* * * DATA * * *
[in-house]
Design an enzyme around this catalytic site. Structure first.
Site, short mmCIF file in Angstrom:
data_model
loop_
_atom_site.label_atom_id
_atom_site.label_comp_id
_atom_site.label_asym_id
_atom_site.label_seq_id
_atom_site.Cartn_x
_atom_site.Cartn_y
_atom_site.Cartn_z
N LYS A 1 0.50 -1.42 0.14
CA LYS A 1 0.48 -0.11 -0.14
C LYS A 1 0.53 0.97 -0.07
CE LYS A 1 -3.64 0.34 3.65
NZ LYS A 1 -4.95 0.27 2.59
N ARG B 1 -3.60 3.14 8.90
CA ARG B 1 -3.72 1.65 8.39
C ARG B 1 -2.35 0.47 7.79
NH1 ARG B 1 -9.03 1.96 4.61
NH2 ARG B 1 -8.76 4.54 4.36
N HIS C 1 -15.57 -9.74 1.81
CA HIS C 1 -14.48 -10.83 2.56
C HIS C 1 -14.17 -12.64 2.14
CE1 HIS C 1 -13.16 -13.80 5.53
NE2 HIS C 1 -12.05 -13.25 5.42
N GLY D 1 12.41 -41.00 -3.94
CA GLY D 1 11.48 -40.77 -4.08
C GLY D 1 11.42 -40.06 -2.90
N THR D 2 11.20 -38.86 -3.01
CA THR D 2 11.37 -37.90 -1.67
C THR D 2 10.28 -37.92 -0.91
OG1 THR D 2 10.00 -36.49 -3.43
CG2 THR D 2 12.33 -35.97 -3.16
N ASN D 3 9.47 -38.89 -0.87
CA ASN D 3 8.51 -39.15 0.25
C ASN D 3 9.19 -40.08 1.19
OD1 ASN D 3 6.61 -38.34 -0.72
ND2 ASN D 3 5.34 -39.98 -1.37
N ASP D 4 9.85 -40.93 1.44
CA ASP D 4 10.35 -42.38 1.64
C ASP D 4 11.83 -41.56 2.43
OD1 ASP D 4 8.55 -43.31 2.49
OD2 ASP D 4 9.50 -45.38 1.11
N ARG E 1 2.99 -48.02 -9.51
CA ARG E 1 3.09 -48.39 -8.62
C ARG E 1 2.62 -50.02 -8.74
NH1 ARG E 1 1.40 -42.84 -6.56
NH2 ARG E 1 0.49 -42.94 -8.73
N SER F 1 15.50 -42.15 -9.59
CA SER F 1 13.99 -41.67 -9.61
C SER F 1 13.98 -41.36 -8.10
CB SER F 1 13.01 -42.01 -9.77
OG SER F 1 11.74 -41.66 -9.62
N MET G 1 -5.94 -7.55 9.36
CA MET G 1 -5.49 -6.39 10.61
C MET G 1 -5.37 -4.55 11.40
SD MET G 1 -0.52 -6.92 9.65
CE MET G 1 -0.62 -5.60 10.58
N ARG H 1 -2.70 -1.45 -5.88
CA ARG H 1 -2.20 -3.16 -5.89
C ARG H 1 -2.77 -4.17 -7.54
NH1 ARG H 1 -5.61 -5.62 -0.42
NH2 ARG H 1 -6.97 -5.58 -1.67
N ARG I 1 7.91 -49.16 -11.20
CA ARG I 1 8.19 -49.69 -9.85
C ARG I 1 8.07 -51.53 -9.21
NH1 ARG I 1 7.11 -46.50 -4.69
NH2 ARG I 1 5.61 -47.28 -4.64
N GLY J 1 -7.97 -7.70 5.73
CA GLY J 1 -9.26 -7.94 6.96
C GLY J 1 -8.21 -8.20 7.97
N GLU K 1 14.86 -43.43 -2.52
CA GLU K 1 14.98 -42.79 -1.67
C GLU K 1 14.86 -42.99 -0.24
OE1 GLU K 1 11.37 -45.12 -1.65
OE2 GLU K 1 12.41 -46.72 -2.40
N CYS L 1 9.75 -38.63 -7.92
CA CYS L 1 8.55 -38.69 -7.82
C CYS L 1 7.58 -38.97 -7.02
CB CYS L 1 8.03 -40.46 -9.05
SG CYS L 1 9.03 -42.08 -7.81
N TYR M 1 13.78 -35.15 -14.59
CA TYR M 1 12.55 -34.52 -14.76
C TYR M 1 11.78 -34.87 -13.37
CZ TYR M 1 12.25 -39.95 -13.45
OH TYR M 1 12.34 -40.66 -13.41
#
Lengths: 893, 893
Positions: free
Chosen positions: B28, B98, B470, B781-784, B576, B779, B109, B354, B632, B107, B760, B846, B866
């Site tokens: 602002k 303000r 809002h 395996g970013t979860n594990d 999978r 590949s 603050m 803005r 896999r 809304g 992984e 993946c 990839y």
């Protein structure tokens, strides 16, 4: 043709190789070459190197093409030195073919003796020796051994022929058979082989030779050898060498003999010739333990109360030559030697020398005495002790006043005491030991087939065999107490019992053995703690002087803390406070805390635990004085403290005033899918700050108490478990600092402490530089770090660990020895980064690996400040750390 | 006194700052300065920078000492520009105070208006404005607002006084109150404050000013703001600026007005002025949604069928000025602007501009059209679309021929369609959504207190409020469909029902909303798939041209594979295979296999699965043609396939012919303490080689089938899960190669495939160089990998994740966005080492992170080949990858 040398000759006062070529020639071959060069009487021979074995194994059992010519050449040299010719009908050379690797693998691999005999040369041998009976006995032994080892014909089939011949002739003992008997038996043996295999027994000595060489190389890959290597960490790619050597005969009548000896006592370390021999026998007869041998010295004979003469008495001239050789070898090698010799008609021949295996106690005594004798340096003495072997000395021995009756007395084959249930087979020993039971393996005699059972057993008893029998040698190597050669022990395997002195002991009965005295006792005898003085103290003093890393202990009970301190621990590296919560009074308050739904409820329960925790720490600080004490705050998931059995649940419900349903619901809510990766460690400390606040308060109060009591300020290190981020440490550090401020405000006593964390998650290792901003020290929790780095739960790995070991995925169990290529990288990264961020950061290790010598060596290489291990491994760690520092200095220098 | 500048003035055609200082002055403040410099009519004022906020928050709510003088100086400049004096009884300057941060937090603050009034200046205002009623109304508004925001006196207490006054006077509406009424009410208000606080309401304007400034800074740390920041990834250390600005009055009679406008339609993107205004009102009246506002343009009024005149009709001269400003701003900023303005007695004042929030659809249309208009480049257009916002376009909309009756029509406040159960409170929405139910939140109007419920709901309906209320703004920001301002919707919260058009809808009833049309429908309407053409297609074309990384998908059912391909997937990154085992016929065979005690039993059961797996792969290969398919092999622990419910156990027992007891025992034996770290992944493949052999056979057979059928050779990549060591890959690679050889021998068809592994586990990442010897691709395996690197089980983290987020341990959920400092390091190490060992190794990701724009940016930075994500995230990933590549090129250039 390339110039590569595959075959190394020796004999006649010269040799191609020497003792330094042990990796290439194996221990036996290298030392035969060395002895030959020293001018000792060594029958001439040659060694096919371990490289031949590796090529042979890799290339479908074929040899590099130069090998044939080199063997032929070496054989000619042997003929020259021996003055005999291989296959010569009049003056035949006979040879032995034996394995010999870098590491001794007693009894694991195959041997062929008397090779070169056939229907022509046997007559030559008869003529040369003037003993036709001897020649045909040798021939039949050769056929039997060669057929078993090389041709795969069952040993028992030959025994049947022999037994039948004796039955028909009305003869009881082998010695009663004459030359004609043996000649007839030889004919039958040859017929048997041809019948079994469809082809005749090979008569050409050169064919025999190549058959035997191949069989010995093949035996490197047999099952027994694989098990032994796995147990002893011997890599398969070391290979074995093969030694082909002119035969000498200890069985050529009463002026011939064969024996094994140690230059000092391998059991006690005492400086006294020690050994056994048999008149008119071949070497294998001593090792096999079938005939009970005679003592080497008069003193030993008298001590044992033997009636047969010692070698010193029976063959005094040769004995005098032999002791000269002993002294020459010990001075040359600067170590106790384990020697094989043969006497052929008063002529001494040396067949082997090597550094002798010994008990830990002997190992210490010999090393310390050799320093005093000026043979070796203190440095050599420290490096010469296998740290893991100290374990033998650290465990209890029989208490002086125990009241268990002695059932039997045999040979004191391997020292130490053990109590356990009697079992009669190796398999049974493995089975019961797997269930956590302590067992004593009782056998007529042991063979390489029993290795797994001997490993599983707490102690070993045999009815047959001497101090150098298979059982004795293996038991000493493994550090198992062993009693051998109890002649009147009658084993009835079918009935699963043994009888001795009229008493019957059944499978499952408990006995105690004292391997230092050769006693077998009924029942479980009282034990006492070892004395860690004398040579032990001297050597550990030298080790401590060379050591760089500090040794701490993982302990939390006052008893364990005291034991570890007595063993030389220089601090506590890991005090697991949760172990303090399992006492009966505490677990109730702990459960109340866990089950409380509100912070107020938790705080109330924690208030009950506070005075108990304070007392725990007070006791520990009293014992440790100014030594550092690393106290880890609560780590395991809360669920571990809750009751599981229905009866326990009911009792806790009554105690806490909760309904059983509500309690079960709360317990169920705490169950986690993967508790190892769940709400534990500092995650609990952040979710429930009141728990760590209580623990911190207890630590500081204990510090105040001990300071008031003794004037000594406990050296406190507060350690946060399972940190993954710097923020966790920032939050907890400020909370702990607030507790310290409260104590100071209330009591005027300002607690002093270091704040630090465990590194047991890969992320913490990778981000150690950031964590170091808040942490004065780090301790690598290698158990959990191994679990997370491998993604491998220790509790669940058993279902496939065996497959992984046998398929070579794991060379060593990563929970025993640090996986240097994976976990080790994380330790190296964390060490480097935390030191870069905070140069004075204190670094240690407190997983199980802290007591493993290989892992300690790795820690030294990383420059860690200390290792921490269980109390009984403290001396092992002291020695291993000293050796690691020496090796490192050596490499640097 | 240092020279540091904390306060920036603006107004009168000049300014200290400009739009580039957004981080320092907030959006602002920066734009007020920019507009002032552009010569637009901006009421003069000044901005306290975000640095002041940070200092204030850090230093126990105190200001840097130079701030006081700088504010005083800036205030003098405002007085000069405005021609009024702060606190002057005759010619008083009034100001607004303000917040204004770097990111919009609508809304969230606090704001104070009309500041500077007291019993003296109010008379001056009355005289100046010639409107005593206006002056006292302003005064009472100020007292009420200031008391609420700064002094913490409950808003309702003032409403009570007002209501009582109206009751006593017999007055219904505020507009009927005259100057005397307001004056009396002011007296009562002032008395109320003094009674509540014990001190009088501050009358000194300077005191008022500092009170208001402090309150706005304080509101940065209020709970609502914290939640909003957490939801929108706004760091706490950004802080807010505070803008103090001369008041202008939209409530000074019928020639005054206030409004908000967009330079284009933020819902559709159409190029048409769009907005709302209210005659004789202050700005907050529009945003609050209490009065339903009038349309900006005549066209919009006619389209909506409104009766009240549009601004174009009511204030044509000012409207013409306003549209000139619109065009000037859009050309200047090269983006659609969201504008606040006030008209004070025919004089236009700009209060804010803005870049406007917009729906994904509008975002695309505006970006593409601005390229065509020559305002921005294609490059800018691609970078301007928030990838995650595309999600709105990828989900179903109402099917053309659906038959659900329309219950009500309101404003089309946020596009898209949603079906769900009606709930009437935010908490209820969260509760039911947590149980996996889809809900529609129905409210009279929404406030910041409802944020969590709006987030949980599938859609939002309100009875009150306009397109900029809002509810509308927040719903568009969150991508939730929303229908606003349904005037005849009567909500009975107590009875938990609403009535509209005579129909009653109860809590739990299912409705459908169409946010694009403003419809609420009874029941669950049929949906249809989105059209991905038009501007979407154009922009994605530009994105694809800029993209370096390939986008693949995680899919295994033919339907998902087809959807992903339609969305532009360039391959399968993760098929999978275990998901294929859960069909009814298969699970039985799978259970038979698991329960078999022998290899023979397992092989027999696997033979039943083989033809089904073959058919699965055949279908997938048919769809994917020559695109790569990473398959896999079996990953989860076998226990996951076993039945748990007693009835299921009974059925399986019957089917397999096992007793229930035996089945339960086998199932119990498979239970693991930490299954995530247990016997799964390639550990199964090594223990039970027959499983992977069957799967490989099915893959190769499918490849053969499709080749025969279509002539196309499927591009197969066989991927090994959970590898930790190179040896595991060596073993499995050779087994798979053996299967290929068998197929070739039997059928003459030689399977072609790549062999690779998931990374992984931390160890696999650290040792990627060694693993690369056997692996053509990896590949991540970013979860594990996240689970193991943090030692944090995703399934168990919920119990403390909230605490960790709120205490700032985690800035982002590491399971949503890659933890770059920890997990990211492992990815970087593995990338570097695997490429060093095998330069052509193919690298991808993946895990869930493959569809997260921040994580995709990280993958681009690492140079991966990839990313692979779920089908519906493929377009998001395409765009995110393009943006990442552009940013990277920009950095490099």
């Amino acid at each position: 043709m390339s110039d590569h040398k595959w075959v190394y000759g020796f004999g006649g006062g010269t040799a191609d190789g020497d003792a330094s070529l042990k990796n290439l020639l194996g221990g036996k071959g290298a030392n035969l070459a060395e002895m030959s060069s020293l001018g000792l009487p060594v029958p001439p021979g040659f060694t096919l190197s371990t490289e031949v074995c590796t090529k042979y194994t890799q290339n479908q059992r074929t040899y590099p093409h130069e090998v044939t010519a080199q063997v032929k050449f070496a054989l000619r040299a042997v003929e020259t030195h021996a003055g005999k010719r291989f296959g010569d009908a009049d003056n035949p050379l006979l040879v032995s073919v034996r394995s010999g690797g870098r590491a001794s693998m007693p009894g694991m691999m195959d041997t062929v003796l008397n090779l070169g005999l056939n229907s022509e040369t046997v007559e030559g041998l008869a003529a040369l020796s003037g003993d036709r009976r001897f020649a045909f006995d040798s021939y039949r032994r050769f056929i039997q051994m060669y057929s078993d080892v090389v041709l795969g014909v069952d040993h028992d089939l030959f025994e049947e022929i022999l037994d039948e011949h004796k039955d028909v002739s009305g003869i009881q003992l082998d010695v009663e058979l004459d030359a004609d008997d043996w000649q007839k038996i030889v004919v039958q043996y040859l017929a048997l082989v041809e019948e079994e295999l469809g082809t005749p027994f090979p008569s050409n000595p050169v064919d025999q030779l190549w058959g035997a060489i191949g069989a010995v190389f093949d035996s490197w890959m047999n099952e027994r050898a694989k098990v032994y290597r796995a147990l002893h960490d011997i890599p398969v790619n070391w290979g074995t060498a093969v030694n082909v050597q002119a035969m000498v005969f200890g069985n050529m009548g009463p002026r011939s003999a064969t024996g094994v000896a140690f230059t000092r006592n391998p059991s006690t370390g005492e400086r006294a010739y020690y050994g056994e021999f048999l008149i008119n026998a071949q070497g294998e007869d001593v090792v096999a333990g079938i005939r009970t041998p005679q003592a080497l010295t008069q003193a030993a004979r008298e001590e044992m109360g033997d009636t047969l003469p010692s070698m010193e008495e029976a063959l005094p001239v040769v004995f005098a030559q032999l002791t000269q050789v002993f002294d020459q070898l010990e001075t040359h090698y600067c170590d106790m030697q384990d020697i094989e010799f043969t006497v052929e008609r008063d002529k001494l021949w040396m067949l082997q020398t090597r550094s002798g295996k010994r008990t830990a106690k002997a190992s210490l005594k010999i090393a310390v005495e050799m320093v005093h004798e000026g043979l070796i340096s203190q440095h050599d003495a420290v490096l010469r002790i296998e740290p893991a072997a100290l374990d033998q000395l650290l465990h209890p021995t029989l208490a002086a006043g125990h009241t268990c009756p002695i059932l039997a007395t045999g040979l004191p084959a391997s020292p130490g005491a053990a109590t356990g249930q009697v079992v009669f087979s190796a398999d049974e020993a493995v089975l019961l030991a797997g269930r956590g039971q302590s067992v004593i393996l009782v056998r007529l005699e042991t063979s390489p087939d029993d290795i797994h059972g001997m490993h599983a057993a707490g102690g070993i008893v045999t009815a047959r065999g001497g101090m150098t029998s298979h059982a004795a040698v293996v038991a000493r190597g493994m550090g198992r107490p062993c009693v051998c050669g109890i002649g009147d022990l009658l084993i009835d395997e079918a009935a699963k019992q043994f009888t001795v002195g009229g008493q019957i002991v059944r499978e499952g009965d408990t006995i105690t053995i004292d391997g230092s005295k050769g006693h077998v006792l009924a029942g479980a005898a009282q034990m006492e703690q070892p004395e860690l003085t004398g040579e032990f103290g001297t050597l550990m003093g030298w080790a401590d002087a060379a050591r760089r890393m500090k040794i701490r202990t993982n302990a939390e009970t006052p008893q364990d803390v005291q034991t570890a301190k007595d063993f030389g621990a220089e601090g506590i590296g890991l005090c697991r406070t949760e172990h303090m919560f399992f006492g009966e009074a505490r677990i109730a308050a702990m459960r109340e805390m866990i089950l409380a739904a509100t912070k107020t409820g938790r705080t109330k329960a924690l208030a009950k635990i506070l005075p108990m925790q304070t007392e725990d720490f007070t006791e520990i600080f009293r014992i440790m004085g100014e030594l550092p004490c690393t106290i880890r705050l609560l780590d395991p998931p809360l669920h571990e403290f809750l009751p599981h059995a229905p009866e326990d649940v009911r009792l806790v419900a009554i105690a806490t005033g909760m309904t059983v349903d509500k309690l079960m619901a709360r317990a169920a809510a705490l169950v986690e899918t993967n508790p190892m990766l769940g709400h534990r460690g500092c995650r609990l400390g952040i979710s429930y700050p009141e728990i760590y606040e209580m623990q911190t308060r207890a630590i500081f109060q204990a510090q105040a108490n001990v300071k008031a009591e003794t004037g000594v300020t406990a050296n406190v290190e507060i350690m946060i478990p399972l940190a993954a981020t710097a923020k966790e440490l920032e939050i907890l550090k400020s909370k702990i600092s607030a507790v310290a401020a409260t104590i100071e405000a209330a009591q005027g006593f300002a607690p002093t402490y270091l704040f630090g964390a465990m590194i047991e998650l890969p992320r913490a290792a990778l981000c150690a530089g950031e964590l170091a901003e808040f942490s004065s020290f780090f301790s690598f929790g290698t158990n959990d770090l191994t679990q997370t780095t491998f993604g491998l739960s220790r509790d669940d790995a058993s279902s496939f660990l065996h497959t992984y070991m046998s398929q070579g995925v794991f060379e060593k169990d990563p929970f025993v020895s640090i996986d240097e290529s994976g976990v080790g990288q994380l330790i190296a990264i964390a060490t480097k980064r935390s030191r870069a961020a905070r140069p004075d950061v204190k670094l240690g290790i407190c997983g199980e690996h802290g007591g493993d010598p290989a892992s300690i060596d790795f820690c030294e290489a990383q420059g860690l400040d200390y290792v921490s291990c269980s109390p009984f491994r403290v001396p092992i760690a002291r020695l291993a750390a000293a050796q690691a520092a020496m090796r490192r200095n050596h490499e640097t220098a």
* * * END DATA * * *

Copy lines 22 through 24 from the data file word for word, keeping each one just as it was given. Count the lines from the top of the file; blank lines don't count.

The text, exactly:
NH2 ARG B 1 -8.76 4.54 4.36
N HIS C 1 -15.57 -9.74 1.81
CA HIS C 1 -14.48 -10.83 2.56